• run - Step type that lets you name and execute scripts. In our case, we start off by installing the Postmark CLI as a global dependency using npm, and then follow up by pushing the templates to Postmark.
    • postmark templates push - This command accepts the relative path of the templates. We are also passing in the force (-f) flag. By default, this command will ask users to confirm the push, but since it's executed inside of a build container, user confirmation isn’t possible. The force flag simply disables the confirmation.

Next, let’s commit and push the CircleCI config to the master branch:

git add .
git commit -m "Add CircleCI config"
git push

Head back to CircleCI’s web app and click on the Add projects link in the navigation. Look for your repository and click on the Set Up Project button:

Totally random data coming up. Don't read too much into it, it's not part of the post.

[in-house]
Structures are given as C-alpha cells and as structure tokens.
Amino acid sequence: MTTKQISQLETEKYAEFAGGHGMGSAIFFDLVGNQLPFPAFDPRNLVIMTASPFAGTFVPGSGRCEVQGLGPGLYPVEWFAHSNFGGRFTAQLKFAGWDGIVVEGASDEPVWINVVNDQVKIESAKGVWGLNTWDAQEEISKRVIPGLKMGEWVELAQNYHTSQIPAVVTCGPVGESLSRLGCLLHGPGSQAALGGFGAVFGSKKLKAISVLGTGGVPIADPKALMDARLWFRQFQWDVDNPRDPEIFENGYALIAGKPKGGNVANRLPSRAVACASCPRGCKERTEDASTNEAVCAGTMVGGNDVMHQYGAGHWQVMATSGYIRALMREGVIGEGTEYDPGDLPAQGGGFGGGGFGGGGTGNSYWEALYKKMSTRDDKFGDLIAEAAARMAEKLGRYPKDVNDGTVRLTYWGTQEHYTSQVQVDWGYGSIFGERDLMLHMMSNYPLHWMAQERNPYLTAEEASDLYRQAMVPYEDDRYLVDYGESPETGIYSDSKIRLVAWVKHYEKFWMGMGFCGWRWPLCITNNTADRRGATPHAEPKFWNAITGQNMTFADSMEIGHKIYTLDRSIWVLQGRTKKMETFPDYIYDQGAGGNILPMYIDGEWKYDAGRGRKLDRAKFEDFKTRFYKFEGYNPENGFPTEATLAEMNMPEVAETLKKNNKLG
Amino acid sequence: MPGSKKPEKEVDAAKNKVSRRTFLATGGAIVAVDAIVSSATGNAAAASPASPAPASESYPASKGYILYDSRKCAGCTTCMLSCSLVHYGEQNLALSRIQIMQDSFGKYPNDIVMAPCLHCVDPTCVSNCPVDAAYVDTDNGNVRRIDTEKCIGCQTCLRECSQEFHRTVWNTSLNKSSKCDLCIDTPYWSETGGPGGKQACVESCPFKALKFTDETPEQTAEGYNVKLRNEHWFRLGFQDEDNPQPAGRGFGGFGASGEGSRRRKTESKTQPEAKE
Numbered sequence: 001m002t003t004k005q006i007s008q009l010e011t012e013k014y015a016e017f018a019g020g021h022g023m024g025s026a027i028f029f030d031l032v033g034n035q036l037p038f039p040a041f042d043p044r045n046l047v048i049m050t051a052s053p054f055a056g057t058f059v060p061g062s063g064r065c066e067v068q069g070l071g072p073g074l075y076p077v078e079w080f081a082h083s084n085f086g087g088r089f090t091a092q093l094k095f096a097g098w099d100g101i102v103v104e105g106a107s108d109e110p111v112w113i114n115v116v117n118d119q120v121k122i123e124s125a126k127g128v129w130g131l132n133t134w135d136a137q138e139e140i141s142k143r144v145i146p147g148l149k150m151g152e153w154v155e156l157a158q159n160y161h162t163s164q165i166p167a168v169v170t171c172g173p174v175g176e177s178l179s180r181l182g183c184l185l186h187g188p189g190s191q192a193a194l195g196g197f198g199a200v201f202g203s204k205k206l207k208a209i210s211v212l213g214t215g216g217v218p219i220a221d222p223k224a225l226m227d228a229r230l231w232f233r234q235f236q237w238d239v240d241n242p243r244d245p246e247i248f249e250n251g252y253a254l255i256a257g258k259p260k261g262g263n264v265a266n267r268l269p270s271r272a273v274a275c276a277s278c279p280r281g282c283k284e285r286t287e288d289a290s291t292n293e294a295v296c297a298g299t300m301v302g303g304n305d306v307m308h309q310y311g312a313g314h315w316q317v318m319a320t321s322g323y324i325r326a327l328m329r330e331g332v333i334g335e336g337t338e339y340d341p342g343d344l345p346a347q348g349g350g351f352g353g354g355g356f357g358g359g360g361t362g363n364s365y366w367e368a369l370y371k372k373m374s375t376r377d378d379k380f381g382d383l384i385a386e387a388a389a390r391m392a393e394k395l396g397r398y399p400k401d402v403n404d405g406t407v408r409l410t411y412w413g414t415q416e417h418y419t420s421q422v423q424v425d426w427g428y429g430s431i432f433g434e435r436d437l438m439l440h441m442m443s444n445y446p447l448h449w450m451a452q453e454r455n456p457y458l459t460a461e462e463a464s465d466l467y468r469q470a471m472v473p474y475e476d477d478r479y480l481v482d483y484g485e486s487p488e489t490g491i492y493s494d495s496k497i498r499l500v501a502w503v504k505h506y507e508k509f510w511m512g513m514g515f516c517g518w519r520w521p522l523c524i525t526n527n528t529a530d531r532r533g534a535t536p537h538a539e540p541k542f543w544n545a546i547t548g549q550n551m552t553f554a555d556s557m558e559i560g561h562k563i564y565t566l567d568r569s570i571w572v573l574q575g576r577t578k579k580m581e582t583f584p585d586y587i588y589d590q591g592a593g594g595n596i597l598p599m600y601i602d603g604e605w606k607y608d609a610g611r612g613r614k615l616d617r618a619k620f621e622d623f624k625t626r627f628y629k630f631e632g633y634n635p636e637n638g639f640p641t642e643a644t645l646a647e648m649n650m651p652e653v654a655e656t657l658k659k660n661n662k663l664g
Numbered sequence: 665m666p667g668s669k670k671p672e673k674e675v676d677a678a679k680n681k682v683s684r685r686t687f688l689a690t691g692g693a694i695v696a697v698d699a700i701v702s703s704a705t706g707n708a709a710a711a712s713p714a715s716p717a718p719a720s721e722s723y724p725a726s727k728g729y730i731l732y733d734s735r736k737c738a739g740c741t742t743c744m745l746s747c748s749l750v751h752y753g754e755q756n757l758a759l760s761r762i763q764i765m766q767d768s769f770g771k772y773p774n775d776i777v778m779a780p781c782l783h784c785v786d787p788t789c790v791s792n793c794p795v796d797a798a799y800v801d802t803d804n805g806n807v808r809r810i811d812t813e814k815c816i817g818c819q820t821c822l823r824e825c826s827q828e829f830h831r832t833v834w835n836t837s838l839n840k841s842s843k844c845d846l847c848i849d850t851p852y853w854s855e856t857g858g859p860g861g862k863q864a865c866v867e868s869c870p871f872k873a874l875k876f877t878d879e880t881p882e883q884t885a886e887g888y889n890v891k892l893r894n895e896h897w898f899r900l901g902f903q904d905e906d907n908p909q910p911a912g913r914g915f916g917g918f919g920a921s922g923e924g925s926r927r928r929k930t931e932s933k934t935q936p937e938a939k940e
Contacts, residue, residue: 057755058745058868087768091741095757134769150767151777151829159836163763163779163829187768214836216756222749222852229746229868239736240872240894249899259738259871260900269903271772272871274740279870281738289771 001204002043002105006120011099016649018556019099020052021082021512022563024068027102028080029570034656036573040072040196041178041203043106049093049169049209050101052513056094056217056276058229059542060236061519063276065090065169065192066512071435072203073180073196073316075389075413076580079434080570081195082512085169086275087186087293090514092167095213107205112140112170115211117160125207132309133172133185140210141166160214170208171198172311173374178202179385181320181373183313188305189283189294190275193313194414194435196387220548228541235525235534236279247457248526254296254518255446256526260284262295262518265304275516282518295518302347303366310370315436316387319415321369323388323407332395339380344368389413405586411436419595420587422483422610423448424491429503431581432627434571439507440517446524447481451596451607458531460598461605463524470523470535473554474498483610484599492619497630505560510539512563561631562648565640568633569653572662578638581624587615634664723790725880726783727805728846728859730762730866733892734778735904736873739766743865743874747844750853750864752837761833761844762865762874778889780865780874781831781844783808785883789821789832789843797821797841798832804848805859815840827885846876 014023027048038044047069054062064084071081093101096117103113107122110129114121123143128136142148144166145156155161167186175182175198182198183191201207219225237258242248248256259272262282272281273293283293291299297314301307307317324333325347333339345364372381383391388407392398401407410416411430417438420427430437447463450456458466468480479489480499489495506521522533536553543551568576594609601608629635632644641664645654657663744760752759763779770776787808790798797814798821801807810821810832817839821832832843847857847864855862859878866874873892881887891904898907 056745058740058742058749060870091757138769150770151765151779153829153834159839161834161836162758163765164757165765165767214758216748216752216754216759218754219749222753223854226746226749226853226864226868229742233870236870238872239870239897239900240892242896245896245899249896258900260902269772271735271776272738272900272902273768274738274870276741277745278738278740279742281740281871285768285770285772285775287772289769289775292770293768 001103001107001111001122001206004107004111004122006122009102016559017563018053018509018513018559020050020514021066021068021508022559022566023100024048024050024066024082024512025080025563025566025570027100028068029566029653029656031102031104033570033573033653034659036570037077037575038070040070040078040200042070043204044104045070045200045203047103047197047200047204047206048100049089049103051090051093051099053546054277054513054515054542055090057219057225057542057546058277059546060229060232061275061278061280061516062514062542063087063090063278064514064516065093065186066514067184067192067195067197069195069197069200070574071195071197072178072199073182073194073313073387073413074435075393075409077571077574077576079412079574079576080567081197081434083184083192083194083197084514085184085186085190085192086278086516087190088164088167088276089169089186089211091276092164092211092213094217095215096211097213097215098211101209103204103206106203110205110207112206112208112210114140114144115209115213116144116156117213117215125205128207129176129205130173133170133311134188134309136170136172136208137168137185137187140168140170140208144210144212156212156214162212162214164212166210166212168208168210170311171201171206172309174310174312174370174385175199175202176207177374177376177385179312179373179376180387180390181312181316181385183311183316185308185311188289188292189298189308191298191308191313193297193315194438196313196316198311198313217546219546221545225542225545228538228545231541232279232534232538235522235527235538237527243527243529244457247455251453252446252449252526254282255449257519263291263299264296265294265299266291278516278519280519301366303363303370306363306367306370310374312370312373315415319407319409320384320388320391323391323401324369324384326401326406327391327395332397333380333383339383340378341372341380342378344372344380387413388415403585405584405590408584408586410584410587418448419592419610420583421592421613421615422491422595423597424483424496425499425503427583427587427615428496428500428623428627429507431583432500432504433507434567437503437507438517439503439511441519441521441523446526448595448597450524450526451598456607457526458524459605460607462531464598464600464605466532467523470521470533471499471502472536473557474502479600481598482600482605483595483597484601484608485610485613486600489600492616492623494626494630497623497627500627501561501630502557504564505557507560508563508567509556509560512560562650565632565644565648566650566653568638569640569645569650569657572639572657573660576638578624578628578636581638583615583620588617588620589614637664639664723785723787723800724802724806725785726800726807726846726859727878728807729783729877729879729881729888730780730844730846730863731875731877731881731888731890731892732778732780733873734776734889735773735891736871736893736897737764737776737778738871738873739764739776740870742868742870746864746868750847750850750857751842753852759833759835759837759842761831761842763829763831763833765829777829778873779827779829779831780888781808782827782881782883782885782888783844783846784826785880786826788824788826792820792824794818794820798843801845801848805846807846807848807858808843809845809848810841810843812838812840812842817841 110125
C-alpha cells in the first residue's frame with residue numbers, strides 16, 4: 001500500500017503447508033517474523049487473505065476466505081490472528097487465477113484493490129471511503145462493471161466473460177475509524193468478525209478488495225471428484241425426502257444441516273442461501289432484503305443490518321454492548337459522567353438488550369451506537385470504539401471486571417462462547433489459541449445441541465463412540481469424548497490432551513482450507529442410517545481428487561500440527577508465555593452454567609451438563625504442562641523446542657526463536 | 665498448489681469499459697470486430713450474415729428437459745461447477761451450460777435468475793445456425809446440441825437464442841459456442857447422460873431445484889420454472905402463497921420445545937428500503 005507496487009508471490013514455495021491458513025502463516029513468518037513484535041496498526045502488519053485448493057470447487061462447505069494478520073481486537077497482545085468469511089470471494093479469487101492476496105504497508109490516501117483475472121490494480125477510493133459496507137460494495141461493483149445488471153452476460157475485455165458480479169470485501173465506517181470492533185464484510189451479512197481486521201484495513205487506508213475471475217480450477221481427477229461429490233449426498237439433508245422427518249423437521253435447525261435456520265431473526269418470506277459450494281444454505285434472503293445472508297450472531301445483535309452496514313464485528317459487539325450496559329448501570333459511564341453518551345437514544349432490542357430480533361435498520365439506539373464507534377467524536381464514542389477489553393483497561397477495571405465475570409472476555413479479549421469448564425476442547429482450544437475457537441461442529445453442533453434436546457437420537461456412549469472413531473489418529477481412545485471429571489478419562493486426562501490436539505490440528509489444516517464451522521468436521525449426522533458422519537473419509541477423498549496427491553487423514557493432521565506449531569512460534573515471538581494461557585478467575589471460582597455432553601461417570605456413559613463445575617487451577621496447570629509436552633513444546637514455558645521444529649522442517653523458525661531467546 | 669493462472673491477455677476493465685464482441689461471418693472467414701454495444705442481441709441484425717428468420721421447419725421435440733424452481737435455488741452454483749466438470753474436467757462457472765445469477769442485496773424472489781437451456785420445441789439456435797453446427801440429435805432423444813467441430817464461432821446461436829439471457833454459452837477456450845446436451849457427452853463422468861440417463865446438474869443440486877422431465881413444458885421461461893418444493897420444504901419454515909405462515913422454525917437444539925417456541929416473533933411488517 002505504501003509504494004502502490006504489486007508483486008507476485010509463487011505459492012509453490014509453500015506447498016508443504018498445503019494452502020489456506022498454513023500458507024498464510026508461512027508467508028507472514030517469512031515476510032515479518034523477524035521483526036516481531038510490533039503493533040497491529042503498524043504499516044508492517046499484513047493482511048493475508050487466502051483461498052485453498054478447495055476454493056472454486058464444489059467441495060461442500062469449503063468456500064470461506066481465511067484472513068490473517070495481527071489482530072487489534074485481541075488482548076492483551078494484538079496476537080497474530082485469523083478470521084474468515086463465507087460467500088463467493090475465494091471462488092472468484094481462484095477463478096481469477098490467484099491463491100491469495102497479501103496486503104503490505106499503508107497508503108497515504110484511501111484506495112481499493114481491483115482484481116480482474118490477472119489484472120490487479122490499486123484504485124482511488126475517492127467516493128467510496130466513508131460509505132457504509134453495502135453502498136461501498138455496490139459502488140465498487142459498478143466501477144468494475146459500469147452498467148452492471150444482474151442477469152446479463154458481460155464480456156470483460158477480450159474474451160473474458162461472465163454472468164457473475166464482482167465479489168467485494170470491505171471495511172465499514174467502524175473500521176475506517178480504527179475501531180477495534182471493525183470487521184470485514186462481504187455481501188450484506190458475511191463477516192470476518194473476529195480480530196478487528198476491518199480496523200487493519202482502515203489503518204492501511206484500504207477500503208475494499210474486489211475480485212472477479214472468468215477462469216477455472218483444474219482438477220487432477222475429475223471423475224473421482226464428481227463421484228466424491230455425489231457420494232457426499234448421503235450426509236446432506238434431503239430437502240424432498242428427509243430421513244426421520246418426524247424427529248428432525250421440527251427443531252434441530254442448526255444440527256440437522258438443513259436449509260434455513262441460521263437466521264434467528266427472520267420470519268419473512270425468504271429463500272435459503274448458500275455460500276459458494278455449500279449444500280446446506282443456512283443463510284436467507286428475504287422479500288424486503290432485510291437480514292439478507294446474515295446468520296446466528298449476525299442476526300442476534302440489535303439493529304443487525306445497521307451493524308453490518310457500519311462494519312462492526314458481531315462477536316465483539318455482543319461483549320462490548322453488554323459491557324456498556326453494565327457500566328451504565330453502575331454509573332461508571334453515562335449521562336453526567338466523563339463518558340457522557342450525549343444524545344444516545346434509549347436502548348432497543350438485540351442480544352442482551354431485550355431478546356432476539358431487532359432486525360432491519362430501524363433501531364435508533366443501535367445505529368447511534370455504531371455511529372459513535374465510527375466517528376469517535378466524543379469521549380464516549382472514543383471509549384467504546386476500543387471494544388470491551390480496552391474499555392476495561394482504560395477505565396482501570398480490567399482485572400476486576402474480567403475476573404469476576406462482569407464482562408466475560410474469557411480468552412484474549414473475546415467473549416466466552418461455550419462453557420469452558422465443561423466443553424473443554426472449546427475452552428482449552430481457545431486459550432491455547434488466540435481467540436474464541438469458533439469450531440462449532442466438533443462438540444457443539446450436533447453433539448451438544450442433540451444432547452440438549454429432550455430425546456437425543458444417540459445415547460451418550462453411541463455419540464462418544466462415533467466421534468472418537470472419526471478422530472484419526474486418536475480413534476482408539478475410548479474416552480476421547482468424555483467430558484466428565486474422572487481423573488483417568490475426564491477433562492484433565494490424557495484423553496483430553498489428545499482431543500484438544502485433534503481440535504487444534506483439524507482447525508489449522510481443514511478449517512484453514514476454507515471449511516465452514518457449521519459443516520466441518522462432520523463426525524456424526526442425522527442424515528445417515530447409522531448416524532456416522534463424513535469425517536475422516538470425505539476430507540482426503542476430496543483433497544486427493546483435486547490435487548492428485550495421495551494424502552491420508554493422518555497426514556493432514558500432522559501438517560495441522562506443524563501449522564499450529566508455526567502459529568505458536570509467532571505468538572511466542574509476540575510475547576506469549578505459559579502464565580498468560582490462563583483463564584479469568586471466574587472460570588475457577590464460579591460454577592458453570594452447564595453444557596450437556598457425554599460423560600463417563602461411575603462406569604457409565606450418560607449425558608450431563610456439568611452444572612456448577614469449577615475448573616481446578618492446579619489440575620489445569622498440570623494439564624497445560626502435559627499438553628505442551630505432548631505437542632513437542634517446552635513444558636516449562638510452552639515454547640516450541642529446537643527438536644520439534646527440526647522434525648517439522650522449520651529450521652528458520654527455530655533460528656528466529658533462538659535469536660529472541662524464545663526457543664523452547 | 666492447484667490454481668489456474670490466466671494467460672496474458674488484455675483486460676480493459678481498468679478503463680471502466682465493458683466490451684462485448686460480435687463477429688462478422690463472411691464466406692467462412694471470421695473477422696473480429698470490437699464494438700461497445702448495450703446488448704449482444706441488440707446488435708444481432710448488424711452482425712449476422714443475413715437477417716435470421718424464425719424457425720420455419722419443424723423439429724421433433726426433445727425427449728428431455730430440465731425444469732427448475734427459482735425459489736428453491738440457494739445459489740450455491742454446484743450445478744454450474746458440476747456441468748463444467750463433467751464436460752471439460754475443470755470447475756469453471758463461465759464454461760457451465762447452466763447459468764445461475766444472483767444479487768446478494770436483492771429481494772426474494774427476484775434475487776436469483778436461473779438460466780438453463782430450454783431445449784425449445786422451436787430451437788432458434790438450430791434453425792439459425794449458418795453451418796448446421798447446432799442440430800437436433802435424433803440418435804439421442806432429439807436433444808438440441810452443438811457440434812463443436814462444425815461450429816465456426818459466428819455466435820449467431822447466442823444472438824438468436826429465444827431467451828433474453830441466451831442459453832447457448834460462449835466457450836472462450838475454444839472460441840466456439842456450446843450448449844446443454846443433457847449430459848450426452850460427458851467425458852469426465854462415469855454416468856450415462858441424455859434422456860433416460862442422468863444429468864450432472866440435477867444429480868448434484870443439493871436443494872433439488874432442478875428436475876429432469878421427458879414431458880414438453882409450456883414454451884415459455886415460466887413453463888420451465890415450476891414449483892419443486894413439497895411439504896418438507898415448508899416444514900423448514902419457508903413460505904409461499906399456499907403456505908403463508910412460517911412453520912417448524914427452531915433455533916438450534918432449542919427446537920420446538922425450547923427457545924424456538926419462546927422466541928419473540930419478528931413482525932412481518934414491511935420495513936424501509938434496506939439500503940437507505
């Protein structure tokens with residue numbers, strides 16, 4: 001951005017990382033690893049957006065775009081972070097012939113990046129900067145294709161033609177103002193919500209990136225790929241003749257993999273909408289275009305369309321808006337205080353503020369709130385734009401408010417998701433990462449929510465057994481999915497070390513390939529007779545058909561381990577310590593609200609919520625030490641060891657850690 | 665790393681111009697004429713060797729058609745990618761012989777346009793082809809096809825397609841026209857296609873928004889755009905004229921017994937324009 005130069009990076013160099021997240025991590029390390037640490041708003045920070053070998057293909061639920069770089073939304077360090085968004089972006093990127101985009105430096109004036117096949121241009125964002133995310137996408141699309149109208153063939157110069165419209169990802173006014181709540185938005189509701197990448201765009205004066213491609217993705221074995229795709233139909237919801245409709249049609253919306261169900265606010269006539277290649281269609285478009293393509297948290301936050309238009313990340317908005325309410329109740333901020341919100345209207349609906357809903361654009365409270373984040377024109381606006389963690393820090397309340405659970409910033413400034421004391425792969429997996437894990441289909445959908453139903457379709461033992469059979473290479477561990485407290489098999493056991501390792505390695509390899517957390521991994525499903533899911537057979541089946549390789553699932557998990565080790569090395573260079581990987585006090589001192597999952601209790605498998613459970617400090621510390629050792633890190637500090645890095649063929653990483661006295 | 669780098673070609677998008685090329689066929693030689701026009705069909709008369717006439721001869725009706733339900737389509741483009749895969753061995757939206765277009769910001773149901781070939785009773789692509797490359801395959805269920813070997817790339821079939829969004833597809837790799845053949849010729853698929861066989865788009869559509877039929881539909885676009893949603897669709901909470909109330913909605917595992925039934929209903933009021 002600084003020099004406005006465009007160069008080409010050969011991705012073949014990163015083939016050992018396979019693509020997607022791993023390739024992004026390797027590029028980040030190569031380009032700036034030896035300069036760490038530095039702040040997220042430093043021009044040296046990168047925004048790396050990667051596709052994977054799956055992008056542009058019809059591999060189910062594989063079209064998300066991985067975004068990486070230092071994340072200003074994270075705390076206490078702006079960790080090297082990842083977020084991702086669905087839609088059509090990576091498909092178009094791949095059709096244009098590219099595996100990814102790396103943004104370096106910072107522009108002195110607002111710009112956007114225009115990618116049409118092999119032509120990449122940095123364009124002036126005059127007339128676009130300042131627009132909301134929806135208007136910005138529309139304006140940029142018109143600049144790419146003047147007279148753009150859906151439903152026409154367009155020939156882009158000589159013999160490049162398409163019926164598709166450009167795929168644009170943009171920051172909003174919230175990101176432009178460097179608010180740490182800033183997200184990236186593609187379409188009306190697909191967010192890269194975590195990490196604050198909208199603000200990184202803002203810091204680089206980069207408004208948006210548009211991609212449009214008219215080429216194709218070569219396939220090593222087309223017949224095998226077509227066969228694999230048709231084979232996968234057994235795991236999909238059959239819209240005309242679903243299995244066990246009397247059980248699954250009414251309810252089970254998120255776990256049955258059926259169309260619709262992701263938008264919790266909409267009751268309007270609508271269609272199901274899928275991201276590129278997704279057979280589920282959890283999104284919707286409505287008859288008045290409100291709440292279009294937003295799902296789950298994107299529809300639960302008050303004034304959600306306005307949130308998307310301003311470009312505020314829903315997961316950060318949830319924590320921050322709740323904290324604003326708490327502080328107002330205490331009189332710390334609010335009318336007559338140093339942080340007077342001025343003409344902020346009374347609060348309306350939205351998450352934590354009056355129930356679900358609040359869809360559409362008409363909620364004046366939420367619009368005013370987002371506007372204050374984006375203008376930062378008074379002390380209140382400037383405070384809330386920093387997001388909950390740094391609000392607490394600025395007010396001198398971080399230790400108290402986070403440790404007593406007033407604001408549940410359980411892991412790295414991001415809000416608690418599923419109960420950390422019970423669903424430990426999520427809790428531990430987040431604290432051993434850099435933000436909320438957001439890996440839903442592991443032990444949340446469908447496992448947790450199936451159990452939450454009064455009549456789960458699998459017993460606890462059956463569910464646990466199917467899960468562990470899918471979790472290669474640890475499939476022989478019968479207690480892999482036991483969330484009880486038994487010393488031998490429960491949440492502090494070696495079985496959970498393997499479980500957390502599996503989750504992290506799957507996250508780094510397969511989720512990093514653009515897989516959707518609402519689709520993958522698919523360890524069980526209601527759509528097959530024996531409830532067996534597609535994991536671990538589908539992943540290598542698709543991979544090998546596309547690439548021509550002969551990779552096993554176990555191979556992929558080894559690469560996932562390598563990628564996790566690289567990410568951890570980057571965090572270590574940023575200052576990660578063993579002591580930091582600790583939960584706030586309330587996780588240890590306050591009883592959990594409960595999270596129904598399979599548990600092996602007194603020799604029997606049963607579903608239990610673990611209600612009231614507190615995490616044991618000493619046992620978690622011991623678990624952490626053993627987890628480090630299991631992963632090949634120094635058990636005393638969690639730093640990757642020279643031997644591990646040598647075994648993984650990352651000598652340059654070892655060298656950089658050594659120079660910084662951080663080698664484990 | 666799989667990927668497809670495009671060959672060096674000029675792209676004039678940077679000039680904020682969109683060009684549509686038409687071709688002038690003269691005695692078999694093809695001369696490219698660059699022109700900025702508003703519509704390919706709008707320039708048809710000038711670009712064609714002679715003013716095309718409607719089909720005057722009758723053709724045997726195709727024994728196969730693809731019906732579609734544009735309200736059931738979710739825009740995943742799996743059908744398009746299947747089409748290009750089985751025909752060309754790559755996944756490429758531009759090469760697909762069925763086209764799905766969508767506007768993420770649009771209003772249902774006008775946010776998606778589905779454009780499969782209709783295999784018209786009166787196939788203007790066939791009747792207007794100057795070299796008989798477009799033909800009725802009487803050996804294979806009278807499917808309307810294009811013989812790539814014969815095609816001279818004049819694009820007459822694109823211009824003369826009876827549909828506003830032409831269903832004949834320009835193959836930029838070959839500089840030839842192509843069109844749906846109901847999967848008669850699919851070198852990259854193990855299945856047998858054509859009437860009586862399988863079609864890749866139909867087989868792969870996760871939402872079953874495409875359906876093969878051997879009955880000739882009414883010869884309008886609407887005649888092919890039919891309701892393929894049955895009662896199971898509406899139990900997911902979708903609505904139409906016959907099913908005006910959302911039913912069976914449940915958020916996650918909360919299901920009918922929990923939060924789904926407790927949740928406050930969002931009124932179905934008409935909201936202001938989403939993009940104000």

This will take you to a set up page with a bunch of boilerplate config options. Under the Language section, select Node:

Scroll down to the instructions section and click on the Start building button:

This will trigger a build, but it will fail since we haven’t added an environment variable for your server token yet.

Head over to the Settings page, then select the Projects from the sub navigation. Find your project and click on the little cog icon:

Click on Environment variables from the sub navigation and add a variable named POSTMARK_SERVER_TOKEN. Enter your Postmark server token as the value:

The Postmark CLI tool automatically detects this environment variable to authenticate server-level requests.

Next, we will trigger a build to make sure everything works. Click on the Jobs link in the navigation and you will see the build that failed. Click on the title of your repository:

This will take you to the job details page. Click on the Rebuild button in the top right:

Once the build is finished, head back to the jobs page and click on your repository title:

From here you will be able to see all the details about the build. If you’re curious about which templates were pushed, scroll down to the test summary and click on the Push templates to Postmark button: